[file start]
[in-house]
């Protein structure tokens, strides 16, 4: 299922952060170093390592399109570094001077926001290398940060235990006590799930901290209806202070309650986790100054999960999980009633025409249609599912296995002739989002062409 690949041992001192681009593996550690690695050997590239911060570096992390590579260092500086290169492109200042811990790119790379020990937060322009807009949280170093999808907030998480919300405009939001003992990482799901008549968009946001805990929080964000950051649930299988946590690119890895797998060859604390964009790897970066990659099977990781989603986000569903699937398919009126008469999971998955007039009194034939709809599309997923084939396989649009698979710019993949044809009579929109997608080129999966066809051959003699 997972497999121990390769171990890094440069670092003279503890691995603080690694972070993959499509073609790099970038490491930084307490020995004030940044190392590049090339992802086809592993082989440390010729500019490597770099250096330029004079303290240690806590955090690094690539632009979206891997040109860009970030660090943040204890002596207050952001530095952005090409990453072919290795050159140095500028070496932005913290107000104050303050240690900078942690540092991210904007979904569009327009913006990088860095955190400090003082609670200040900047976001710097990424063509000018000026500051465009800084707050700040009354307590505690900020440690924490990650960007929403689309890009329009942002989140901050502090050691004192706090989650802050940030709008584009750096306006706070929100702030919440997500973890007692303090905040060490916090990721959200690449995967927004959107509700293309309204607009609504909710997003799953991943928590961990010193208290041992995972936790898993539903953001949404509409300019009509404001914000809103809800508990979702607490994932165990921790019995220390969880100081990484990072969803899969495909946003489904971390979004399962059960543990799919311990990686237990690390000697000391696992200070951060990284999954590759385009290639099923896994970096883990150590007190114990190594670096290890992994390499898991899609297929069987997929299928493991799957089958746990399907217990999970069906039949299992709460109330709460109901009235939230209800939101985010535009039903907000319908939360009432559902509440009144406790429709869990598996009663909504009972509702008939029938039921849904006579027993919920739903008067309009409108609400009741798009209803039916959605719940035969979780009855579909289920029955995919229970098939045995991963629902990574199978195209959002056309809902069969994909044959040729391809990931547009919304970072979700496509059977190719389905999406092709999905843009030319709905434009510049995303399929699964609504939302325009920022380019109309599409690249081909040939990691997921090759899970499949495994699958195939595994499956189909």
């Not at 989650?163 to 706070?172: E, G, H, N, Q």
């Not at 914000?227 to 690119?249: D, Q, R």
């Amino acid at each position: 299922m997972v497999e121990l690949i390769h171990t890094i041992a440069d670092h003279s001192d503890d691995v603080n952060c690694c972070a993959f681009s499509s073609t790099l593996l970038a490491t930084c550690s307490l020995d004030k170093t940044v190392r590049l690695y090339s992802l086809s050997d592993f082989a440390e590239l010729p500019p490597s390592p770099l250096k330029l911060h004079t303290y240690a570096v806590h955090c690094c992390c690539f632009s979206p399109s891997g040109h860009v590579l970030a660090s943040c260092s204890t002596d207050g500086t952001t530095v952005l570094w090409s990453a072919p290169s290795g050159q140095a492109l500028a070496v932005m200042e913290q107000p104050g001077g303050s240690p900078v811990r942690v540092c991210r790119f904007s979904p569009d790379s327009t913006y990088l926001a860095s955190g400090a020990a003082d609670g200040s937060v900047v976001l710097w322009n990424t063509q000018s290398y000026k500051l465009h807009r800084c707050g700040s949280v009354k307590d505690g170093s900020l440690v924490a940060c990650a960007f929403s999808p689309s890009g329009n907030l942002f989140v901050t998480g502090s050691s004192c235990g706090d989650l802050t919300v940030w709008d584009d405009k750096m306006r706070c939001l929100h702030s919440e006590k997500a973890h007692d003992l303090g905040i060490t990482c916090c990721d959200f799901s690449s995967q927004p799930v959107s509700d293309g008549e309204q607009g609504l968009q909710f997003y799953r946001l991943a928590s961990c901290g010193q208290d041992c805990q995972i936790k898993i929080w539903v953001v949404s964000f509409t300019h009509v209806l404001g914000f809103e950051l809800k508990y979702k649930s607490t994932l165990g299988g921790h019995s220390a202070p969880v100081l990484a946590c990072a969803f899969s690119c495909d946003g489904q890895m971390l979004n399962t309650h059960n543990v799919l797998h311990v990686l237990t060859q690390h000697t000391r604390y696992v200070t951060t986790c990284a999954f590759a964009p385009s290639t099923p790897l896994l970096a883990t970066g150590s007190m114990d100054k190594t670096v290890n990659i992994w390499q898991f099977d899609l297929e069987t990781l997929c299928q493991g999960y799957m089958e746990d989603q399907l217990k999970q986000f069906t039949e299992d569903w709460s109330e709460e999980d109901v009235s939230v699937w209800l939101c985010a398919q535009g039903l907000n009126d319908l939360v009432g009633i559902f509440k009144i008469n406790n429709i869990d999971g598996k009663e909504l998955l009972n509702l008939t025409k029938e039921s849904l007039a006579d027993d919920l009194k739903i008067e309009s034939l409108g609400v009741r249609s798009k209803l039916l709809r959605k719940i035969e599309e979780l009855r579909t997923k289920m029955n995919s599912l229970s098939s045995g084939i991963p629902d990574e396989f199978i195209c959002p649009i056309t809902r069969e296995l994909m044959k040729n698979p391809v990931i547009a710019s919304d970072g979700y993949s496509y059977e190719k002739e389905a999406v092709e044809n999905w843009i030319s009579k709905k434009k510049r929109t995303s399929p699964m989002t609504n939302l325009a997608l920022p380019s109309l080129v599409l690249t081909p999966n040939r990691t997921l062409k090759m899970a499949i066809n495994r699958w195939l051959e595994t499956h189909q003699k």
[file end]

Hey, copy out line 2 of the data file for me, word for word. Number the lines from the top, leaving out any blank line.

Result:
């Protein structure tokens, strides 16, 4: 299922952060170093390592399109570094001077926001290398940060235990006590799930901290209806202070309650986790100054999960999980009633025409249609599912296995002739989002062409 690949041992001192681009593996550690690695050997590239911060570096992390590579260092500086290169492109200042811990790119790379020990937060322009807009949280170093999808907030998480919300405009939001003992990482799901008549968009946001805990929080964000950051649930299988946590690119890895797998060859604390964009790897970066990659099977990781989603986000569903699937398919009126008469999971998955007039009194034939709809599309997923084939396989649009698979710019993949044809009579929109997608080129999966066809051959003699 997972497999121990390769171990890094440069670092003279503890691995603080690694972070993959499509073609790099970038490491930084307490020995004030940044190392590049090339992802086809592993082989440390010729500019490597770099250096330029004079303290240690806590955090690094690539632009979206891997040109860009970030660090943040204890002596207050952001530095952005090409990453072919290795050159140095500028070496932005913290107000104050303050240690900078942690540092991210904007979904569009327009913006990088860095955190400090003082609670200040900047976001710097990424063509000018000026500051465009800084707050700040009354307590505690900020440690924490990650960007929403689309890009329009942002989140901050502090050691004192706090989650802050940030709008584009750096306006706070929100702030919440997500973890007692303090905040060490916090990721959200690449995967927004959107509700293309309204607009609504909710997003799953991943928590961990010193208290041992995972936790898993539903953001949404509409300019009509404001914000809103809800508990979702607490994932165990921790019995220390969880100081990484990072969803899969495909946003489904971390979004399962059960543990799919311990990686237990690390000697000391696992200070951060990284999954590759385009290639099923896994970096883990150590007190114990190594670096290890992994390499898991899609297929069987997929299928493991799957089958746990399907217990999970069906039949299992709460109330709460109901009235939230209800939101985010535009039903907000319908939360009432559902509440009144406790429709869990598996009663909504009972509702008939029938039921849904006579027993919920739903008067309009409108609400009741798009209803039916959605719940035969979780009855579909289920029955995919229970098939045995991963629902990574199978195209959002056309809902069969994909044959040729391809990931547009919304970072979700496509059977190719389905999406092709999905843009030319709905434009510049995303399929699964609504939302325009920022380019109309599409690249081909040939990691997921090759899970499949495994699958195939595994499956189909």